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Published on August 2nd, 1998 | by Gerry Galipault

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Love in Reverse turns in the right direction

Intestinal fortitude goes a long way in the music business. Singer-guitarist Michael Ferentino and his Love in Reverse band mates could write a book about it.

The Toms River, N.J., rock trio finished its second Reprise album, “Words Become Worms,” more than a year ago, but for a variety of reasons, the release date was moved six times. The album finally arrived in stores last week and not a moment too soon.

“This has been long overdue,” Ferentino said recently. “A lot of things changed at Warner and we wondered who would stay and who would leave. So we’ve been sitting here waiting a year for it to come out. It was real monotonous, but we just kept working and did some other records. There were periods of ‘Why do they keep doing this?,’ but it turns out that they really got behind the band in the long run.”

Why not? The first single, “Load of Motivation,” is a melodic firestorm of guitars and driving beats in the truest Killing Joke-Nine Inch Nails sense. Elsewhere, Ferentino, bassist-keyboardist Andres Karu and drummer Dave Halpern stretched rock’s boundaries on experimental songs cut in their new 32-track studio.

“The last record (1996’s ‘I Was Here’) was pretty mellow, with some heavy stuff on it, but it was like a guitar, bass and drums record,” Ferentino said. “It was very British pop influenced and took a lot of chances, musically. But what I wanted to do on the next record was take a lot of chances production-wise. This time we got to produce it ourselves, so I wanted to create all these ethereal sounds, pop songs mixed with ambient soundscapes. It was going to be a diverse record but still have a little dark edge that we’ve always had, along with an optimistic pop side.”

Everyone involved knew “Load of Motivation” would be the single, but Ferentino said he and his band mates weren’t happy with their version, so they called in producer John Fryer (Nine Inch Nails, Gravity Kills) to help out. He gave it a jolt of energy and urgency.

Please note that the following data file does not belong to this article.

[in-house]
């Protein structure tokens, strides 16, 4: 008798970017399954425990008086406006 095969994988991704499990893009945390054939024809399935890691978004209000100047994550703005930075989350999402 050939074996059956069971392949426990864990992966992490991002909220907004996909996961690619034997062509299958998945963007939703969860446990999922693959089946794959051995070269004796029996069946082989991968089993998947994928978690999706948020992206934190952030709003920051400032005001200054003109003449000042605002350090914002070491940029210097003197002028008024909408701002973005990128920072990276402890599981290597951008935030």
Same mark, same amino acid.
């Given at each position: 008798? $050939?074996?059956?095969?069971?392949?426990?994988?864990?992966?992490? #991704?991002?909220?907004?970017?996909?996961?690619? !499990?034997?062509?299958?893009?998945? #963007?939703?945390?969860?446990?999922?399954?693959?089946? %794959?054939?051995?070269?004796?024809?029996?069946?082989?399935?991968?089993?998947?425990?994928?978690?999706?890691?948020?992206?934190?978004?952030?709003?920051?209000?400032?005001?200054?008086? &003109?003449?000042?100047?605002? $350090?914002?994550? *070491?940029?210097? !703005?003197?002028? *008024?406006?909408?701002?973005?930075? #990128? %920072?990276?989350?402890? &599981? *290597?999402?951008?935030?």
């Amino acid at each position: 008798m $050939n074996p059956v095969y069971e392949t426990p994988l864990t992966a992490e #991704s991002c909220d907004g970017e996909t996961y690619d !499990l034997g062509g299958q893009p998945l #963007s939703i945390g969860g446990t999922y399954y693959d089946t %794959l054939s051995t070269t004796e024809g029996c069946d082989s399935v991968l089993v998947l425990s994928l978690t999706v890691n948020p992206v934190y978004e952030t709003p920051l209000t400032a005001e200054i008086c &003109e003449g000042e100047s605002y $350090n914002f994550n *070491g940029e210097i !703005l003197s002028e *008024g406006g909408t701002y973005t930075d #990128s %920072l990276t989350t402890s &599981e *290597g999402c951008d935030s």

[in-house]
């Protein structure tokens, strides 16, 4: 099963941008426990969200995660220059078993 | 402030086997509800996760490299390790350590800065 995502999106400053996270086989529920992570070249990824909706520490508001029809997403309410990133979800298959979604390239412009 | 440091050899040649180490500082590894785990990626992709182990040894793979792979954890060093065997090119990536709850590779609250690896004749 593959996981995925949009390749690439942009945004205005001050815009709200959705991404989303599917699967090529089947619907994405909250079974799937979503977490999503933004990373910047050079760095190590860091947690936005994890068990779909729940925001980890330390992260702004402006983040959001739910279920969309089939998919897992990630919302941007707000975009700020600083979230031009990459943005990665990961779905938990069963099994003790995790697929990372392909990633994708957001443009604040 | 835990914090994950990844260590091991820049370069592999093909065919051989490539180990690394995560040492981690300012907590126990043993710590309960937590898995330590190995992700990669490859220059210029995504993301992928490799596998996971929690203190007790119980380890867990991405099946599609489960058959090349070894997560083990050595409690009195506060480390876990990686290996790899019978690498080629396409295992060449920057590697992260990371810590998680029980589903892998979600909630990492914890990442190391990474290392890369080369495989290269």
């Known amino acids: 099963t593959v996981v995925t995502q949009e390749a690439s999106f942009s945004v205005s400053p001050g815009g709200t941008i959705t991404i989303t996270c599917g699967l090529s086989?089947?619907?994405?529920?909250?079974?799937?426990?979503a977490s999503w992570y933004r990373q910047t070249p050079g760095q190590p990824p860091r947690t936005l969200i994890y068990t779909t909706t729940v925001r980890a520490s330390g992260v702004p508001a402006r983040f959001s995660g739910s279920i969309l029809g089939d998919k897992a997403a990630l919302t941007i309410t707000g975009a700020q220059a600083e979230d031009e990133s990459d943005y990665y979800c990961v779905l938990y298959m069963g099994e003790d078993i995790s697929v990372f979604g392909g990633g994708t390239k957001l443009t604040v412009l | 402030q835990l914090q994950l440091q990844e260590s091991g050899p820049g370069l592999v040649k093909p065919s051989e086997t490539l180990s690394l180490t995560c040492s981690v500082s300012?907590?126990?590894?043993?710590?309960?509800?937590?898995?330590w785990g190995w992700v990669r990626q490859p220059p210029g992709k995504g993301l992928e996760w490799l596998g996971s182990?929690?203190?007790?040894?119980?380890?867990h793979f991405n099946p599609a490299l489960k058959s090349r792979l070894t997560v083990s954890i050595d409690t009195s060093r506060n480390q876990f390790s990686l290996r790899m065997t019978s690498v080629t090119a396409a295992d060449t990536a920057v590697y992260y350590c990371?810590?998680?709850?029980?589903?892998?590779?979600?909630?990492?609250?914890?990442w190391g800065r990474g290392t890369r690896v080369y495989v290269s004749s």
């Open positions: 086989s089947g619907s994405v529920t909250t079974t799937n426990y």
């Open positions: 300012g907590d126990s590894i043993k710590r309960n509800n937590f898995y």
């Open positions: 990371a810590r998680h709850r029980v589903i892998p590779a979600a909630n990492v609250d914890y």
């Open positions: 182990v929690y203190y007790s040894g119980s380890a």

Having their own studio was a godsend, Ferentino said, because they no longer had to worry about anyone else’s money or a producer’s schedule. They would work on the tracks daily from 8 at night till well into the morning.

“At the time, I had been experimenting with a lot of different drugs,” Ferentino said, “and now I’ve put it behind me, but during that record, I think a lot of it was influenced by drugs. A lot of times, we’d go in there and record something and I’d get really stoned, come back in and we’d be playing the tape back and I’d say, ‘Why don’t I try something else here, because my mind was really getting spaced out.’ I don’t think I went a whole day straight recording that record.

“I’m not somebody that advocates doing anything that doesn’t feel natural. I have written straight since that record and it’s some of my best stuff ever. It’s not something you necessarily need, but it was something I was going through at the time. Instead of looking at it negatively, I look at what positive came out of it.”

Love in Reverse’s story may sound familiar. Several years ago, the band was the subject of ABC-TV’s “Turning Point,” which chronicled its rise from being an unknown to signing a major-label deal. Their debut, “I Was Here,” was produced by Grammy winner Russ Titelman, and it led to high-profile road stints with Stabbing Westward, Gravity Kills, Republica and Holy Barbarians.

And now comes “Words Becomes Worms.” Ferentino is relieved that it’s out, at last.

“I think we’re going to slowly get to the right audience, people who will get into this band,” he said. “It’s the kind of music that either you’re going to love it or hate it. I don’t think it’s going to be ‘the next thing.’ I’ve never expected it to be, because that’s not what we’re all about.

“If by chance it somehow sold a million records, I would be pleasantly surprised, of course, but that was never my goal. It was always a slow climb. I would like to be respected for my music, and I’d like to keep doing it.”

BWF (before we forget): To put Love in Reverse on the Web, visit www.RepriseRec.com/loveinreverse, or send e-mail to Loveinrec@aol.com.

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About the Author

Gerry Galipault debuted Pause & Play online in October 1997. Since then, it has become the definitive place for CD-release dates — with a worldwide audience.



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